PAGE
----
- "Clocking" redirects here. For tampering with vehicle odometers, see Odometer fraud.
The clock rate is the rate in cycles per second (measured in hertz) or the frequency of the clock in any synchronous circuit, such as a central processing unit (CPU). The clock period is measured in time units (not cycles) and is the time between successive cycles.
For example, a crystal oscillator frequency reference typically is synonymous with a fixed sinusoidal waveform, a clock rate is that frequency reference translated by electronic circuitry (AD Converter) into a corresponding square wave pulse [typically] pr sampling rate for digital electronics applications. In this context the use of the word, speed (physical movement), should not be confused with frequency or its corresponding clock rate. Thus, the term "clock speed" is a misnomer.
CPU manufacturers typically charge premium prices for CPUs that operate at higher clock rates, a practice called binning. For a given CPU, the clock rates are determined at the end of the manufacturing process through actual testing of each CPU. CPUs that are tested as complying with a given set of standards may be labeled with a higher clock rate, e.g., 1.50 GHz, while those that fail the standards of the higher clock rate yet pass the standards of a lesser clock rate may be labeled with the lesser clock rate, e.g., 1.33 GHz, and sold at a lower price. 
The clock of a CPU is normally determined by the frequency of an oscillator crystal. The first commercial PC, the Altair 8800 (by MITS), used an Intel 8080 CPU with a clock rate of 2 MHz (2 million cycles/second). The original IBM PC (c. 1981) had a clock rate of 4.77 MHz (4,772,727 cycles/second). In 1995, Intel's P5 Pentium chip ran at 100 MHz (100 million cycles/second), and in 2002, an Intel Pentium 4 model was introduced as the first CPU with a clock rate of 3 GHz (three billion cycles/second corresponding to ~0.3 10−9seconds per cycle).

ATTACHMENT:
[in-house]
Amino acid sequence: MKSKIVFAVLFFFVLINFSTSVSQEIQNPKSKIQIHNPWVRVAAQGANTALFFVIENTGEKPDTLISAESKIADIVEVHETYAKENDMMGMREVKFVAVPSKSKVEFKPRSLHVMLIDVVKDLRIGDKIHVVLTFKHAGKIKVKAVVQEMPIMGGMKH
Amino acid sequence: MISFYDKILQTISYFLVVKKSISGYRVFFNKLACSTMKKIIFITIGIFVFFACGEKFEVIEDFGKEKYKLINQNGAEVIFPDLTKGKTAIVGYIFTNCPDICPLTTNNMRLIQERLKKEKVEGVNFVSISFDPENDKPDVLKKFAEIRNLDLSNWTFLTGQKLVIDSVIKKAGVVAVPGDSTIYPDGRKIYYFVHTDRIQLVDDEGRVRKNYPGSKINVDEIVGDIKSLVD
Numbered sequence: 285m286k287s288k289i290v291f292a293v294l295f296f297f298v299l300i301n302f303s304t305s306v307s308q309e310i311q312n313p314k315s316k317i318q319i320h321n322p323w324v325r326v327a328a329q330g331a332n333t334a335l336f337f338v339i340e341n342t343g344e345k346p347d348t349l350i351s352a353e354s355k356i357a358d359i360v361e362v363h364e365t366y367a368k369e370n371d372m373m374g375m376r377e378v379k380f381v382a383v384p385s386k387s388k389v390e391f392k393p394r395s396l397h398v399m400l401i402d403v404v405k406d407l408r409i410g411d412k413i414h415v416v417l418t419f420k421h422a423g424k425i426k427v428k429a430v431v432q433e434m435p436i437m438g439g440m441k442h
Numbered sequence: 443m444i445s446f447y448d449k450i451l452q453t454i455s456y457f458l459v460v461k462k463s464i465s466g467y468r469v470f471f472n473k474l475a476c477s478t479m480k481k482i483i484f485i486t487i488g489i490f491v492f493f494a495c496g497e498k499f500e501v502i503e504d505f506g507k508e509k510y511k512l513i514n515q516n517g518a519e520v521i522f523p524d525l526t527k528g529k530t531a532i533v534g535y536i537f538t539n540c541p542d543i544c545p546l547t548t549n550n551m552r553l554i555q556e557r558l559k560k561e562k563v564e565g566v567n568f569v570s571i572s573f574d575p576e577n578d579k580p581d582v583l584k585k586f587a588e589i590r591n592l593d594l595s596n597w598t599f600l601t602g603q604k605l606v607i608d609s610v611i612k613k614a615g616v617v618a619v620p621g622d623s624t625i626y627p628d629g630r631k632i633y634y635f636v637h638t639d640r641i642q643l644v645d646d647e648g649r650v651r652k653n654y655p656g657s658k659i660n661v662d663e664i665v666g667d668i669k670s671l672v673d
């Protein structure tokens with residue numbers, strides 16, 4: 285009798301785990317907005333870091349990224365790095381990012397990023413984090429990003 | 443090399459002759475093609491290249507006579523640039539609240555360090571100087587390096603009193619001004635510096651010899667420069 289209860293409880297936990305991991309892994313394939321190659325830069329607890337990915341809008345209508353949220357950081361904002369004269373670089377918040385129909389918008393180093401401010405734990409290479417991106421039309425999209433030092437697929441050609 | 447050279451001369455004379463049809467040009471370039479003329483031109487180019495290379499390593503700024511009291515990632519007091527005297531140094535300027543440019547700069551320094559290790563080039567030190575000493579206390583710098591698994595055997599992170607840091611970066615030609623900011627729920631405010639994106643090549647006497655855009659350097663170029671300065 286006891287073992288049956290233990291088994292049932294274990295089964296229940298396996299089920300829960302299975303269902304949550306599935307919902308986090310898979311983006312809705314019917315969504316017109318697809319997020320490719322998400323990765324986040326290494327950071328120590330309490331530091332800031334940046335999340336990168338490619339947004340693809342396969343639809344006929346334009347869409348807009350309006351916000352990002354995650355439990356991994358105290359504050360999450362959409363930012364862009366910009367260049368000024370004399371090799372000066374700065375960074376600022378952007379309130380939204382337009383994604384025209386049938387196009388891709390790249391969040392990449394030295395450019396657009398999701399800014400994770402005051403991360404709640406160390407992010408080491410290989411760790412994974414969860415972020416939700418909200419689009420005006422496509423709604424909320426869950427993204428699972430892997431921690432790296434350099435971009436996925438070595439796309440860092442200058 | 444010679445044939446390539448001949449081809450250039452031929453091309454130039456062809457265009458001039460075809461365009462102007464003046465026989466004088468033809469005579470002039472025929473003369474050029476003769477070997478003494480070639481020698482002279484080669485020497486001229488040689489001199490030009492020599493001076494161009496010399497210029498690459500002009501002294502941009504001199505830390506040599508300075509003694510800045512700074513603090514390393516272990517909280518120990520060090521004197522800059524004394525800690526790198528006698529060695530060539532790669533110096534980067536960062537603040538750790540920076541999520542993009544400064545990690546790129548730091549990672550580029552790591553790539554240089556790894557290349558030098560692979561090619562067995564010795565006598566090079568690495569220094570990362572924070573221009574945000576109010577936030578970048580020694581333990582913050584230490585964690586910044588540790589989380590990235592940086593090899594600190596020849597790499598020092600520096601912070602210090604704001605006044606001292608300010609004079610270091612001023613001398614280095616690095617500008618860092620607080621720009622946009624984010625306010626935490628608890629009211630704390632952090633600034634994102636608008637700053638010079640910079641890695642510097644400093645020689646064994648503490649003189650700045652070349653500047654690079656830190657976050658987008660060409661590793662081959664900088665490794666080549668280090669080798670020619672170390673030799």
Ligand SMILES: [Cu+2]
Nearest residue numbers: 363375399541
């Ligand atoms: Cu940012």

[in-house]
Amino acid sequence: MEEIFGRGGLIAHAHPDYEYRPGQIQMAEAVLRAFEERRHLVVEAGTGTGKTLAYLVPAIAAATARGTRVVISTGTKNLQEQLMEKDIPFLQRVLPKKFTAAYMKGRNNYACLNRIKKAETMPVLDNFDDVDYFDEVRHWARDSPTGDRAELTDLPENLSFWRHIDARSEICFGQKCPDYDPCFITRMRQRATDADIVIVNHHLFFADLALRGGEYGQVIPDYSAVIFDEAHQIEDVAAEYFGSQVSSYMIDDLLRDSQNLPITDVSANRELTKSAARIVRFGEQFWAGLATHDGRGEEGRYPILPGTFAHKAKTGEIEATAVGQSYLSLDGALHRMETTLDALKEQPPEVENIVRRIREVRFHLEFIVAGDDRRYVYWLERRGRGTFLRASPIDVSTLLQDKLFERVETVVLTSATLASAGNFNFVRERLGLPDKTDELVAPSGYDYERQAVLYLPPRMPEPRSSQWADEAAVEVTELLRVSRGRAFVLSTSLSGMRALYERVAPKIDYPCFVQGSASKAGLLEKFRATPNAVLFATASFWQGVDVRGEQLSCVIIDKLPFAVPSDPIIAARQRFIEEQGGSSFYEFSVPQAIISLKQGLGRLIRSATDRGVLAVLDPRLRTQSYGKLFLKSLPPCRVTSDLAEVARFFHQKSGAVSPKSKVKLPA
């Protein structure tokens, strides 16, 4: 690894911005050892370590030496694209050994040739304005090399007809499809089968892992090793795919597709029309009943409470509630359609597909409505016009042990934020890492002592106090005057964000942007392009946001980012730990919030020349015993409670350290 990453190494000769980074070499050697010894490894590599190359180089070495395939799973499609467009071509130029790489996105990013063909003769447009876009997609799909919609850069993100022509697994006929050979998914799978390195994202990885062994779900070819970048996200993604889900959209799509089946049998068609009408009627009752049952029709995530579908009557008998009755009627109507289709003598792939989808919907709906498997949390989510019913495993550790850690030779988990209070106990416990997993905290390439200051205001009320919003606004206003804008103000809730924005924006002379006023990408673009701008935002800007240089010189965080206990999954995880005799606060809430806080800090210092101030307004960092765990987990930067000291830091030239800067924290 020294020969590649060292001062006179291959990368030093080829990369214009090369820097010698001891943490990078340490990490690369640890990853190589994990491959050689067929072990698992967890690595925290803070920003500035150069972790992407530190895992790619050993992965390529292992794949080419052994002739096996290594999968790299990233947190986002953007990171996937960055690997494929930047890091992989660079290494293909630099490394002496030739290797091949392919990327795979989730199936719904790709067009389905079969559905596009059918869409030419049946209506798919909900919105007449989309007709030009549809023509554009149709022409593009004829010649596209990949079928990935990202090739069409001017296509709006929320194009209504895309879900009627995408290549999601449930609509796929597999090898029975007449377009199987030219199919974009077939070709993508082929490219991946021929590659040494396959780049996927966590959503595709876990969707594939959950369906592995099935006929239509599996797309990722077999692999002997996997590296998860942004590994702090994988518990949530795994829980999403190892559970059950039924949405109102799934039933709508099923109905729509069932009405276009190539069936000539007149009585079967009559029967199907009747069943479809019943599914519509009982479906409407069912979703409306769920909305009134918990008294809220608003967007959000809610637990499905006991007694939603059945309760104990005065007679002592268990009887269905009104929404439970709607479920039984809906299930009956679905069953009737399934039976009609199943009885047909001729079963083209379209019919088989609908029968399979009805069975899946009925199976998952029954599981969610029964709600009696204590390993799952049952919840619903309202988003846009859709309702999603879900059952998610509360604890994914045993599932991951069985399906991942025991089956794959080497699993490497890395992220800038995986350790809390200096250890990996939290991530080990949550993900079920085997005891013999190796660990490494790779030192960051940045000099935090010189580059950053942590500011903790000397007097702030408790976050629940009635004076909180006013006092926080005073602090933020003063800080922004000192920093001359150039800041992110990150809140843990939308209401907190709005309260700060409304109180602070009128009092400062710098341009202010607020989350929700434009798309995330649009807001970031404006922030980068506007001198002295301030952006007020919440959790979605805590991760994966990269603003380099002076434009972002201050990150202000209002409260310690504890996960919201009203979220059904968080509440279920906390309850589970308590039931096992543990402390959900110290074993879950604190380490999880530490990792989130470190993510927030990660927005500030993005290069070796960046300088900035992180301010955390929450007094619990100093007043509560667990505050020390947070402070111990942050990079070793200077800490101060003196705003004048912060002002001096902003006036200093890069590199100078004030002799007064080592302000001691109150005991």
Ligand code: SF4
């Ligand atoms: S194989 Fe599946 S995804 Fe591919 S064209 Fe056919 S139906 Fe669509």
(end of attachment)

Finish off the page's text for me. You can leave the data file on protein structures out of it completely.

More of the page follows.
With any particular CPU, replacing the crystal with another crystal that oscillates half the frequency ("underclocking") will generally make the CPU run at half the performance. It will also make the CPU produce roughly half as much waste heat. Conversely, some people try to increase performance of a CPU by replacing the oscillator crystal with a higher frequency crystal ("overclocking"). However, the amount of overclocking is limited by the time for the CPU to settle after each pulse, and by the extra heat created.
After each clock pulse, the signal lines inside the CPU need time to settle to their new state. That is, every signal line must finish transitioning from 0 to 1, or from 1 to 0. If the next clock pulse comes before that, the results will be incorrect. Chip manufacturers publish a "maximum clock rate" specification, and they test chips before selling them to make sure they meet that specification, even when executing the most complicated instructions with the data patterns that take the longest to settle (testing at the temperature and voltage that runs the lowest performance).